Last Updated on September 3, 2021
Whether you’re a casual jogger or a pro athlete, the effects of alcohol on athletic performance can seem like a mystery. Countless athletes embrace drinking as part of their routine, while still seemingly performing at the top of their game. Others avoid alcohol entirely, claiming abstinence keeps them in better shape.
So which is it? What does the research have to say about alcohol and athletic performance? Can you still be a spectacular athlete while drinking weekly or even daily?
Below, we’ll cover alcohol’s effects on performance and training, whether you should drink when preparing for a big game, and how to cut back if alcohol is preventing you from performing at your best.
Does Alcohol Put You at a Disadvantage in Competitive Sports?
Alcohol is the most commonly used drug among athletes1. And as you probably know, excessive drinking has its downsides. But the timing, dose, and frequency of alcohol use are critical factors in whether or not it disadvantages you.
For example, a few beers before a game can cause more than enough impairment to hurt your performance. But a glass of red wine a few days prior to a competition might relax you, which may actually be helpful.
However, there are also cumulative, long-term effects of drinking alcohol that might undermine you no matter what. A lot of it comes down to how much, and how often you drink.
Acute Effects of Alcohol on Athletic Performance
For most people, alcohol can be perfectly healthy in moderation. However, consuming alcohol right before a game or competition is never a good idea—and this includes the night before. (Yes, hangovers can harm your athletic performance2.)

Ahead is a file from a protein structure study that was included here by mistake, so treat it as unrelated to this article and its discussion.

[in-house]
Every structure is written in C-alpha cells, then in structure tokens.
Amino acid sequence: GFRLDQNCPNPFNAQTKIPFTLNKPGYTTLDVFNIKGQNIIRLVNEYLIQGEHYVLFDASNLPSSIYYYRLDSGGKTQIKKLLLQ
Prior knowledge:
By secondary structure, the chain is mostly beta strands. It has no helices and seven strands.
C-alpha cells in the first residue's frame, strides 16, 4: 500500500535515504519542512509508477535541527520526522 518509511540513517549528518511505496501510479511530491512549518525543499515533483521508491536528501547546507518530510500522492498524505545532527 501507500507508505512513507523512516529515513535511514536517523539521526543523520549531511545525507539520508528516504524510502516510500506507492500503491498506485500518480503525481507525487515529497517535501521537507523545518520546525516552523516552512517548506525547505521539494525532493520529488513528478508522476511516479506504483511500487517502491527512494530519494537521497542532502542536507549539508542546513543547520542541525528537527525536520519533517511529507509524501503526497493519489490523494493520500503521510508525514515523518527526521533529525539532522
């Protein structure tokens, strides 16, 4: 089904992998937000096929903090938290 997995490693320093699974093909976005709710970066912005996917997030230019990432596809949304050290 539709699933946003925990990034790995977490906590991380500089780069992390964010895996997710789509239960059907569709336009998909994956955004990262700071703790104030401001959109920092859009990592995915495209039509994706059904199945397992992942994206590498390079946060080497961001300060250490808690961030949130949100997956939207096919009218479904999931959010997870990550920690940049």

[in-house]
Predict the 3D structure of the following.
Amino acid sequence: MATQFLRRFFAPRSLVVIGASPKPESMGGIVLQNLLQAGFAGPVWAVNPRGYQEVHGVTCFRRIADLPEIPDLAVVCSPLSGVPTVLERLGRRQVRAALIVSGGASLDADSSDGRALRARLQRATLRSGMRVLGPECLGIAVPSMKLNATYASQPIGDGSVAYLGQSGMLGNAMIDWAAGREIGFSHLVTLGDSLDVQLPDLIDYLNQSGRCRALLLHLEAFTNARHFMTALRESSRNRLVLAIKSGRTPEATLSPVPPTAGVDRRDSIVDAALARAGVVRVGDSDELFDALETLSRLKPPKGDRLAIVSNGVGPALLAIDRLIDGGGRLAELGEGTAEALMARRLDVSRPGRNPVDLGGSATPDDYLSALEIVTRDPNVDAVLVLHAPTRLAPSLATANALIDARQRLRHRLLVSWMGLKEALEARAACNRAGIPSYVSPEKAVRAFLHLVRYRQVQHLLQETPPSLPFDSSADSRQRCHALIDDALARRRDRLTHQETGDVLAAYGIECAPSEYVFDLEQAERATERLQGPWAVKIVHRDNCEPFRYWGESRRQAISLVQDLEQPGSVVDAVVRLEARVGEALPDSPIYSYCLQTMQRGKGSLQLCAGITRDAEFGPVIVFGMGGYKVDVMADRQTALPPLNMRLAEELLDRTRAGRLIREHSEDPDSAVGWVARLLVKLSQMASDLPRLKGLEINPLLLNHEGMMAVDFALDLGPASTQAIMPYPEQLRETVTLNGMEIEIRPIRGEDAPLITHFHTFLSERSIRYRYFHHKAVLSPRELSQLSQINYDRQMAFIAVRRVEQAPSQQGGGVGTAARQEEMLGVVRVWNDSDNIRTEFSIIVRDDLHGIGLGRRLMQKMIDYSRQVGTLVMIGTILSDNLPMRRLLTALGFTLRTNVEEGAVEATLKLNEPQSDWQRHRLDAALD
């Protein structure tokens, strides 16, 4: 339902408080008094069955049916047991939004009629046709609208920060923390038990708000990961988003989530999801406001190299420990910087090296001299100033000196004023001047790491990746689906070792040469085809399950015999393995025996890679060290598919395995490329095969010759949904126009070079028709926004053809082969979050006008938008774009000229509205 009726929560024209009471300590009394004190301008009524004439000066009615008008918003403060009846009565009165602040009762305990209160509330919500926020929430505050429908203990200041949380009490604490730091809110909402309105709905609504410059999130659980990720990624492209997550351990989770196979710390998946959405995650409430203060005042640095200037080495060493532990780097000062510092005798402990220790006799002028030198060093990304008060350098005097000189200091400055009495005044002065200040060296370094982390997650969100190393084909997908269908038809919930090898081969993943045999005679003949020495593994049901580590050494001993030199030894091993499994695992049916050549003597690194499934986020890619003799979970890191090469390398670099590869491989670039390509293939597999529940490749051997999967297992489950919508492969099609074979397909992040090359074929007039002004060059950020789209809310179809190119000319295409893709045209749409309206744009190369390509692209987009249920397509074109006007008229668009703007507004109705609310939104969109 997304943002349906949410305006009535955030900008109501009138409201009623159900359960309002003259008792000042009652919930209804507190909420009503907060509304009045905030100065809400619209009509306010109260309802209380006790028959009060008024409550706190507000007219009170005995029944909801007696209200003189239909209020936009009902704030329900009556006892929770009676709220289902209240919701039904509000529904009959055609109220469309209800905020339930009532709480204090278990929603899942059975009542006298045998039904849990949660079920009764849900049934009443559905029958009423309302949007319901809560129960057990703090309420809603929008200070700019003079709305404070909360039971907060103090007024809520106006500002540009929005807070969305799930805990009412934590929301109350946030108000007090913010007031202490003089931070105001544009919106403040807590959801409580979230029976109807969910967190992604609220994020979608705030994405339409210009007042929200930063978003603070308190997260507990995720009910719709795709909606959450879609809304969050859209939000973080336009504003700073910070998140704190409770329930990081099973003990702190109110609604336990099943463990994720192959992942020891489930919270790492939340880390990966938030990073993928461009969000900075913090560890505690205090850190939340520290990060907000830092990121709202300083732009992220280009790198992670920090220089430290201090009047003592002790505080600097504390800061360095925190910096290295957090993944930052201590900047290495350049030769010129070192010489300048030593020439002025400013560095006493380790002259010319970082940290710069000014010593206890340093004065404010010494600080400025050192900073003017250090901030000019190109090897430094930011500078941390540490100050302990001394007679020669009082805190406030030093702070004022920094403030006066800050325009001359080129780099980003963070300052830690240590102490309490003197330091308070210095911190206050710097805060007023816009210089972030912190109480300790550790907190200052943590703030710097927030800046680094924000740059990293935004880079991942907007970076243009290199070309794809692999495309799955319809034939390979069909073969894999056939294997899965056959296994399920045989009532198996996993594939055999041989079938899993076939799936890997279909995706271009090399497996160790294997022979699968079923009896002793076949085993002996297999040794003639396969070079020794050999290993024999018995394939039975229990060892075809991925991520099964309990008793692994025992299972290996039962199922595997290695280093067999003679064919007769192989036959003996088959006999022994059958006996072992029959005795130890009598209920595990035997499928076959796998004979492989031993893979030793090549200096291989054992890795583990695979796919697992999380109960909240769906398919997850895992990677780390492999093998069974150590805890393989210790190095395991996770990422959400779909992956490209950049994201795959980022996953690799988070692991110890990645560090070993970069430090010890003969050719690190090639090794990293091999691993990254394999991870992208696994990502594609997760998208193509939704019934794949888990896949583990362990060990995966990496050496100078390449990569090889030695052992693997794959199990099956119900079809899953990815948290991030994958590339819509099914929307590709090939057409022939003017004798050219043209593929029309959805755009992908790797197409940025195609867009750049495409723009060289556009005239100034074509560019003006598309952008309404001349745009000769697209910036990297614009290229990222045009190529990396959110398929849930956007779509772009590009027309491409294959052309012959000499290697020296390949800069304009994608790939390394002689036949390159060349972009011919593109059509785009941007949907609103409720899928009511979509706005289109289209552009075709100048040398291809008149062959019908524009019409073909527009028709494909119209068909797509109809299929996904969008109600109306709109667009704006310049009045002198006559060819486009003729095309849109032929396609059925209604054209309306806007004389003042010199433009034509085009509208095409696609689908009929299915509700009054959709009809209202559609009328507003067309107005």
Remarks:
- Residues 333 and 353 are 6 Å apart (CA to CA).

Alcohol’s effects on training are similar. Intoxication, or the lingering effects of it, can limit your sports performance in several ways:
- Alcohol influences your motor skills and cognitive functioning. This can lead to slower reaction time and poor coordination when it matters most.
- Booze can prevent you from staying hydrated. Alcohol is a diuretic, meaning it causes your body to flush out water through your urinary system at a rapid pace.
- Your endurance could suffer. One study3 found that even a small dose of alcohol was enough to reduce endurance in trained cyclists.
- Alcohol may impair muscle recovery. Research has found that alcohol use can impair protein synthesis4, making it harder for your body to repair muscle after physical activity.
Do Famous Athletes Drink?
Many famous athletes are immersed in a culture where alcohol is used to celebrate wins, and even cope with losses. So, while it may not always be beneficial, many pro athletes do drink.
However, there are many that avoid alcohol altogether because they don’t want anything to prevent them from being in top-notch shape.
All in all, moderation is key when it comes to sports and alcohol. The professionals who drink are able to maintain success because they find a balance. And most importantly, they don’t let their drinking habits cause them to lose sight of their goals.
Alcohol and Performance: Should You Drink When Training for a Competition or Big Game?
Due to alcohol’s effects on athletic performance, you may want to steer clear of drinking before a competition. Or, at the very least, keep it light. Sports and alcohol—especially excessive amounts of alcohol—don’t always mix well.
It’s likely that one or two drinks in the days leading up to a game won’t destroy your chances of winning. But too much heavy drinking, especially close to a competition, can take away the edge you need to succeed.
Cut Back and Reach Peak Performance Again
If you feel like your alcohol use is taking a toll on your athletic performance, and you’re struggling to cut back, there are new, more convenient ways of getting help.
Ria Health’s online program gives you access to anti-craving medications, weekly coaching meetings, and even handy digital tools to track your progress—all through an app on your phone. Best of all, the program is designed to fit in with your routine, so you don’t need to rearrange your life to get support.